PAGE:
World War Z
by Max Brooks
Man & the Natural World Quotes in World War Z
How we cite our quotes: (Chapter.Part.Paragraph)
I met the whore's rat dog as we were both heading for the back door. He looked at me, I looked at him. If it'd been a conversation, it probably woulda gone like, "What about your master?" "What about yours?" (4.5.17)
Man meets Chihuahua and discovers a kindred soul in the need to survive in the natural world. Besides, the dog has a better chance with the zombies than he does the helter-skelter life of the rich and fabulous. At least you know where you stand with the zombies.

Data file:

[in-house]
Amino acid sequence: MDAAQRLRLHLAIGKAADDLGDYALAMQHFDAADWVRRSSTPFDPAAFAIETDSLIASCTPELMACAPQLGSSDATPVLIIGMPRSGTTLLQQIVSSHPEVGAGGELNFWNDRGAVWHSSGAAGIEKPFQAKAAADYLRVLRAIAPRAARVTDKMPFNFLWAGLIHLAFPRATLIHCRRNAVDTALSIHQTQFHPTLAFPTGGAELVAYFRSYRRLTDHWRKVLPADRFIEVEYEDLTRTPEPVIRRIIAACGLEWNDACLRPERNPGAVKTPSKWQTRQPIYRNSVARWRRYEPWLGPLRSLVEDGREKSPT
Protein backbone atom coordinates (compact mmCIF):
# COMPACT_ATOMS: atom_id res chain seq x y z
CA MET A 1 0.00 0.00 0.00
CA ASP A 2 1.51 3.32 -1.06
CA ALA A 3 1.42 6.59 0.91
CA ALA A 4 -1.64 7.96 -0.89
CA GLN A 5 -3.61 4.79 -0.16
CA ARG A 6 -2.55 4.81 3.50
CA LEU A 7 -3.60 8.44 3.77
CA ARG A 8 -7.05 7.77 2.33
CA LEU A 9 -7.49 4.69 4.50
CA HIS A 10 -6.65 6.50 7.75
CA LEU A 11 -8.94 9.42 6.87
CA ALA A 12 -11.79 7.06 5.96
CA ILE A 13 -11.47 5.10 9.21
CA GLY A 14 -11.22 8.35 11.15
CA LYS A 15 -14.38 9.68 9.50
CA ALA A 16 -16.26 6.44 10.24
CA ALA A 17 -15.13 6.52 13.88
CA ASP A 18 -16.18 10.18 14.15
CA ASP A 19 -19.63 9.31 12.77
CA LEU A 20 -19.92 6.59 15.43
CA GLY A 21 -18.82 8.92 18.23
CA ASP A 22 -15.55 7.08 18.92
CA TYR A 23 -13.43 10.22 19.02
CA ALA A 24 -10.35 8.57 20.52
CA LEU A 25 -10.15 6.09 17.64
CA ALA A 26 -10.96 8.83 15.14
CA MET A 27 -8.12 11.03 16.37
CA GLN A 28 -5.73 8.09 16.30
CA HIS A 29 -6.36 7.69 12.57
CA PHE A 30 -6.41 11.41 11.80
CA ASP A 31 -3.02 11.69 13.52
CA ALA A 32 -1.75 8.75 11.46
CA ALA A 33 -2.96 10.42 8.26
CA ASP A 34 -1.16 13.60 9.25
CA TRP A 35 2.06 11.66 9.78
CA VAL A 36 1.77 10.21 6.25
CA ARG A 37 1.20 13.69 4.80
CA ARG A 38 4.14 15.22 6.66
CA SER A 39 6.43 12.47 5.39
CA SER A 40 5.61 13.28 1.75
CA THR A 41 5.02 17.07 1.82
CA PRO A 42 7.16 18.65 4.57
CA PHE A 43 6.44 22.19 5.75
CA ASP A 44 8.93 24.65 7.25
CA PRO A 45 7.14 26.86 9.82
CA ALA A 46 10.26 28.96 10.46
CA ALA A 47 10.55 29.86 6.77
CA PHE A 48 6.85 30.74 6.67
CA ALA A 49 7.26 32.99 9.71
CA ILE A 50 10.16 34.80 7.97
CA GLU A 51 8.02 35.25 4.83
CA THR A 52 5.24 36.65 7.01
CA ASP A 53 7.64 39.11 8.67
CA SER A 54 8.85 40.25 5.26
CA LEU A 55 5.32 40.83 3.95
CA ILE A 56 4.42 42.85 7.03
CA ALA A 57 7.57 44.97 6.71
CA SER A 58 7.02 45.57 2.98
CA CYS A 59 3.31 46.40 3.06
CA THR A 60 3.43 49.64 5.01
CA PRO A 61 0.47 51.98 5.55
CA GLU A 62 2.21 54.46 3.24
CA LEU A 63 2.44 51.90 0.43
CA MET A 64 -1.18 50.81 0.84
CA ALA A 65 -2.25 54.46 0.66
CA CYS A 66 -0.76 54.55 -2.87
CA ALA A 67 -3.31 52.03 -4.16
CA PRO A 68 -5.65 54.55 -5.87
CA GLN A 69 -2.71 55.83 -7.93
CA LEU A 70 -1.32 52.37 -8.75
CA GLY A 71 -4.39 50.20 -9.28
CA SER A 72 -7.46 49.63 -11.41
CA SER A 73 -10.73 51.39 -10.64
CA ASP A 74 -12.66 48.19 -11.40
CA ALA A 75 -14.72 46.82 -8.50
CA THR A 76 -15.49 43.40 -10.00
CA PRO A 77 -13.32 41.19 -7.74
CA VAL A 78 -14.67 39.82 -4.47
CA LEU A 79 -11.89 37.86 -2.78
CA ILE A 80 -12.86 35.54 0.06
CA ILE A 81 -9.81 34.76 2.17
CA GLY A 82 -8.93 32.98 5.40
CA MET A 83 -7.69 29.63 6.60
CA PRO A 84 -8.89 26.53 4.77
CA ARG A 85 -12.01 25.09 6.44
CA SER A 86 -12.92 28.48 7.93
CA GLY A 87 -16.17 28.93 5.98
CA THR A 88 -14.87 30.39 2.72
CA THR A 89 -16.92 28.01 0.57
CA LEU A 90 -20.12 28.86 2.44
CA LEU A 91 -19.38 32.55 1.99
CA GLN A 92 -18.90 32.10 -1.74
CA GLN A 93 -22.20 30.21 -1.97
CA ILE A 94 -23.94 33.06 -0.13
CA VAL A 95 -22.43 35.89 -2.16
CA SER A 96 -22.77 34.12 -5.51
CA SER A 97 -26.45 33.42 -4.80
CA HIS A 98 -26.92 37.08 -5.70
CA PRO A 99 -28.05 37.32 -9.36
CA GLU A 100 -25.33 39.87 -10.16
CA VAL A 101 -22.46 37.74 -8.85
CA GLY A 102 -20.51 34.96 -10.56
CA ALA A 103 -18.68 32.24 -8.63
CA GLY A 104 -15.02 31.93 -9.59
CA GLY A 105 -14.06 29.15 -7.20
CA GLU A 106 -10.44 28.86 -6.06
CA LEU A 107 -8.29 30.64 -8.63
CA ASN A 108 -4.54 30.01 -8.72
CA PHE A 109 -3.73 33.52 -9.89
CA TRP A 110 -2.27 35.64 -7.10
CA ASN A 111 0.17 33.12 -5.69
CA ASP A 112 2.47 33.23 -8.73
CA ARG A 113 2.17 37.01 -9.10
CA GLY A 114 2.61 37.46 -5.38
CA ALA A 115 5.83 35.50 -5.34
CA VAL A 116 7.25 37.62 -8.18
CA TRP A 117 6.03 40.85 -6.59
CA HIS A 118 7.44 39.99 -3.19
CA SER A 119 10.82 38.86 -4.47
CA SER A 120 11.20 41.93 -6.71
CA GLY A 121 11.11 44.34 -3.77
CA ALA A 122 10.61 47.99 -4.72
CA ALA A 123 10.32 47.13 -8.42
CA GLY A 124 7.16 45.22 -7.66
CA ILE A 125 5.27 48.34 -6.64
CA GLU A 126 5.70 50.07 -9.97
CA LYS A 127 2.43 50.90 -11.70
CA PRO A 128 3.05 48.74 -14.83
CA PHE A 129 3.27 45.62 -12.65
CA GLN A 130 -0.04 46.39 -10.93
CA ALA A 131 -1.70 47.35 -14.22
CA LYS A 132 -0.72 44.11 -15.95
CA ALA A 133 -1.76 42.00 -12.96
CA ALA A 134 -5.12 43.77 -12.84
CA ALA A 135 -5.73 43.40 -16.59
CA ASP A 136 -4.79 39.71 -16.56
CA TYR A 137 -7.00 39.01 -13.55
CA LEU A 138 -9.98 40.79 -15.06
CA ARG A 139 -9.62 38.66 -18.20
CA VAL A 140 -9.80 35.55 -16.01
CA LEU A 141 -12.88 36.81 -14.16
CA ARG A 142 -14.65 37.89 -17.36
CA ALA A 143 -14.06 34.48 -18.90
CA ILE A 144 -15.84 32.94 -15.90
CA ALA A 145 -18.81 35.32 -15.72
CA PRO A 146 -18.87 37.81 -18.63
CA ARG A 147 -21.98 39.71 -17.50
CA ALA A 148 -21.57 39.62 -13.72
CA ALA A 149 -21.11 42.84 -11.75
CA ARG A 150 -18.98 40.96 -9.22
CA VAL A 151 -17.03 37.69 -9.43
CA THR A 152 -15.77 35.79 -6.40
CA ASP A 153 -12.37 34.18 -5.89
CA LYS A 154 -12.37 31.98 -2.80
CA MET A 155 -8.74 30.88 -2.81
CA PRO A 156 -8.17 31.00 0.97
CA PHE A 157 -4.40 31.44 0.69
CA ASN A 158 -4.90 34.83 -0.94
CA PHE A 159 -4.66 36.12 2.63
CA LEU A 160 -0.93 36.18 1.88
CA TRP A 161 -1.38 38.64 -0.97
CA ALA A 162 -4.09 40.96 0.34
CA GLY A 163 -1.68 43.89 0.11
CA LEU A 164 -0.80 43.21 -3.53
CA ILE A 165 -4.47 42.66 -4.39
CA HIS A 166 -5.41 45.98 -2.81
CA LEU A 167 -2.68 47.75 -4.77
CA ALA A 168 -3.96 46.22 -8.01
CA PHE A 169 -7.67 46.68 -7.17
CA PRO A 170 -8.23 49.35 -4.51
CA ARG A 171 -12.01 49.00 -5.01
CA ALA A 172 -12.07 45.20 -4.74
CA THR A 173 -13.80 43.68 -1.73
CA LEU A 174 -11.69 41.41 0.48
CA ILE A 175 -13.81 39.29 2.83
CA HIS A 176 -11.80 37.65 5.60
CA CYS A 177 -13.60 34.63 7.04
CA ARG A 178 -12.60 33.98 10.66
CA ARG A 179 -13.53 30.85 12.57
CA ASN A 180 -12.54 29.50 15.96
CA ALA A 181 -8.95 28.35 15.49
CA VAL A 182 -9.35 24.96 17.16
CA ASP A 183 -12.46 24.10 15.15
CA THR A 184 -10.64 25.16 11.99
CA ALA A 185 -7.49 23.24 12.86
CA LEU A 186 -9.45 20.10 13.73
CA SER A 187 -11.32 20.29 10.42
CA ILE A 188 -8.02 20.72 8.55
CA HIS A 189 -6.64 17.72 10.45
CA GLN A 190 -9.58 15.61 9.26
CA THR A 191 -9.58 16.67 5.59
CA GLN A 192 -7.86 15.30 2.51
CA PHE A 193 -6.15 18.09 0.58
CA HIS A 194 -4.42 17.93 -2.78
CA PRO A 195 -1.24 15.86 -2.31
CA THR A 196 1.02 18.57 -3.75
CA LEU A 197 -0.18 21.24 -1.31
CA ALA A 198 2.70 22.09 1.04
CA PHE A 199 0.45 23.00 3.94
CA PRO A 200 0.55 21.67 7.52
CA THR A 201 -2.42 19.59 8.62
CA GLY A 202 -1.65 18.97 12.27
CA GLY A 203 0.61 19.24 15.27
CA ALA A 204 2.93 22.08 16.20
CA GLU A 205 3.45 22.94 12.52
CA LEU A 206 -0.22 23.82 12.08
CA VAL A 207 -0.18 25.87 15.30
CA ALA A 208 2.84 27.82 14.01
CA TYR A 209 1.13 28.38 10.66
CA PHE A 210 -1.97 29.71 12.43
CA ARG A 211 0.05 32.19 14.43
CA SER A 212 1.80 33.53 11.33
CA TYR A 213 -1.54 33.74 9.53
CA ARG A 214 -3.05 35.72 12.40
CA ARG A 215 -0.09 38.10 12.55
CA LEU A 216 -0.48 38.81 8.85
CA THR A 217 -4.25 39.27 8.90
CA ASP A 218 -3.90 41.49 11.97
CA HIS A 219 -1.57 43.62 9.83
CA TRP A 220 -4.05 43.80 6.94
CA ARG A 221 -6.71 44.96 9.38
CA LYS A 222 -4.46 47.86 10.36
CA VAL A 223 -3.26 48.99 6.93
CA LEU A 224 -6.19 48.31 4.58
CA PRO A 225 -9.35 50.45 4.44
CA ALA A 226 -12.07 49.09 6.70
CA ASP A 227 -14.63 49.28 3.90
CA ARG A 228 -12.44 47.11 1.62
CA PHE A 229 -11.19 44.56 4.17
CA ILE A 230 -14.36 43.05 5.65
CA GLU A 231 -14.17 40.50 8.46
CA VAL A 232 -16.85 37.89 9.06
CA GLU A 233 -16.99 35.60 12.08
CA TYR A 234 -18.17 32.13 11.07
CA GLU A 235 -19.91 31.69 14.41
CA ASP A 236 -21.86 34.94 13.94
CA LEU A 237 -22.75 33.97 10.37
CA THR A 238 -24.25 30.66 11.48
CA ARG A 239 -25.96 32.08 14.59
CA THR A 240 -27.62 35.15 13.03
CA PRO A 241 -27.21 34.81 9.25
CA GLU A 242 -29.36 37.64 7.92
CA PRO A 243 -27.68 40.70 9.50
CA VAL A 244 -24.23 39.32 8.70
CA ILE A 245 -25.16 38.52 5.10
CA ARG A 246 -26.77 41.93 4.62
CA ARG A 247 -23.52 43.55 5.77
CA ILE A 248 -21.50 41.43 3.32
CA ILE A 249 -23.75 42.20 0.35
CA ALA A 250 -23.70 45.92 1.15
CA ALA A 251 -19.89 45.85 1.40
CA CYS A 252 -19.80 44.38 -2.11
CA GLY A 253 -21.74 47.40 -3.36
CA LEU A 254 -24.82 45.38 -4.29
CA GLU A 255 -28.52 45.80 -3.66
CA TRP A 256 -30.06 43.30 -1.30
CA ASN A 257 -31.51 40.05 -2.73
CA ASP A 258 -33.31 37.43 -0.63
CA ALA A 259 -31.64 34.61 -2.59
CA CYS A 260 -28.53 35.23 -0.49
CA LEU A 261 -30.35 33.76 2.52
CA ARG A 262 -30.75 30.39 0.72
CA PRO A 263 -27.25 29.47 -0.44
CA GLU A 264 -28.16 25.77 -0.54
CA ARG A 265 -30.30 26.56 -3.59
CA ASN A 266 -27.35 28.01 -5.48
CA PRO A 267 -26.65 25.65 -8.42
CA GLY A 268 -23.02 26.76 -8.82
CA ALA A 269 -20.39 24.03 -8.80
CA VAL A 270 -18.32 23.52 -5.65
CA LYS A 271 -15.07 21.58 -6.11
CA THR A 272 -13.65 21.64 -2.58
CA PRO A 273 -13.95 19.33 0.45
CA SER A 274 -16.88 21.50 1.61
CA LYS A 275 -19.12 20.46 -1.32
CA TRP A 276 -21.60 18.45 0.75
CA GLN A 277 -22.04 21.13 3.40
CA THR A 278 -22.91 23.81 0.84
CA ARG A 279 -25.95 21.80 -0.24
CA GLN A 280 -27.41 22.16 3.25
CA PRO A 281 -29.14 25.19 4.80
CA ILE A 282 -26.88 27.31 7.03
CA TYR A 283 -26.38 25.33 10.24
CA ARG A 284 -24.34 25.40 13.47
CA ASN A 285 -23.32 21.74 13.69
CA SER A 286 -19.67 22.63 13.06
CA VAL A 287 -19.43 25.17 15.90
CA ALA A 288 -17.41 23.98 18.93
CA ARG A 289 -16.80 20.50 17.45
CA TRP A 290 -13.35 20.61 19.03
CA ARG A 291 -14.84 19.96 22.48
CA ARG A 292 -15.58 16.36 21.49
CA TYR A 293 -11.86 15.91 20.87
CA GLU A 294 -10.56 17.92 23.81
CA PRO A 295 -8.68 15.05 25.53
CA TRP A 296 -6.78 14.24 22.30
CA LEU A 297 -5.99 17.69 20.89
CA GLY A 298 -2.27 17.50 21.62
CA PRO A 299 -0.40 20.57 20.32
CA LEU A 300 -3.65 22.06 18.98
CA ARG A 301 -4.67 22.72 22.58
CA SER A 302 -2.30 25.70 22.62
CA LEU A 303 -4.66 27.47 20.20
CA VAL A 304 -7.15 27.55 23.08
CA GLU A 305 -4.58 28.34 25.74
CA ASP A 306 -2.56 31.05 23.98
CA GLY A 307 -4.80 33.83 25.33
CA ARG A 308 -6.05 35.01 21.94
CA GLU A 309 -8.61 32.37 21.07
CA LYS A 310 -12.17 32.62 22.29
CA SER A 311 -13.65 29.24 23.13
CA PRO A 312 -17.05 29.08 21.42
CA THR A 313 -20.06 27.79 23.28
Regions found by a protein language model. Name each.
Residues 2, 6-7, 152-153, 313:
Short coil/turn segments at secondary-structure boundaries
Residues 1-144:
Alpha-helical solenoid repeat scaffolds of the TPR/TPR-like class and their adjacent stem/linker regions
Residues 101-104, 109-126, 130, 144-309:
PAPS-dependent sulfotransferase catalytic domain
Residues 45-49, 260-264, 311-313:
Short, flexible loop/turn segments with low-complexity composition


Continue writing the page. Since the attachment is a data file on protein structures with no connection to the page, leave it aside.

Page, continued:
But, like everything else in our country, that dream never came true. Even before the crisis, the bridge had been a nightmare of traffic jams. Now it was crammed with evacuees. (5.3.5)
As the civilized world falls apart around us, our survival instinct will kick in. But the modern world wasn't exactly built with this kind of thing in mind—whether it's a natural disaster or a zombie invasion.
Panic shot through the crowd. You could see it like a wave, like a current of electricity. People started screaming, trying to push forward, back, into one another. Dozens were jumping into the water with heavy clothes and shoes that prevented them from swimming. (5.3.14)
The people's panic causes them to not think about their situation. They only see the zombies attacking and don't consider that they're, you know, going from the frying pan into the fire. Or from being eaten alive to drowning alive. (We'd probably take the drowning.)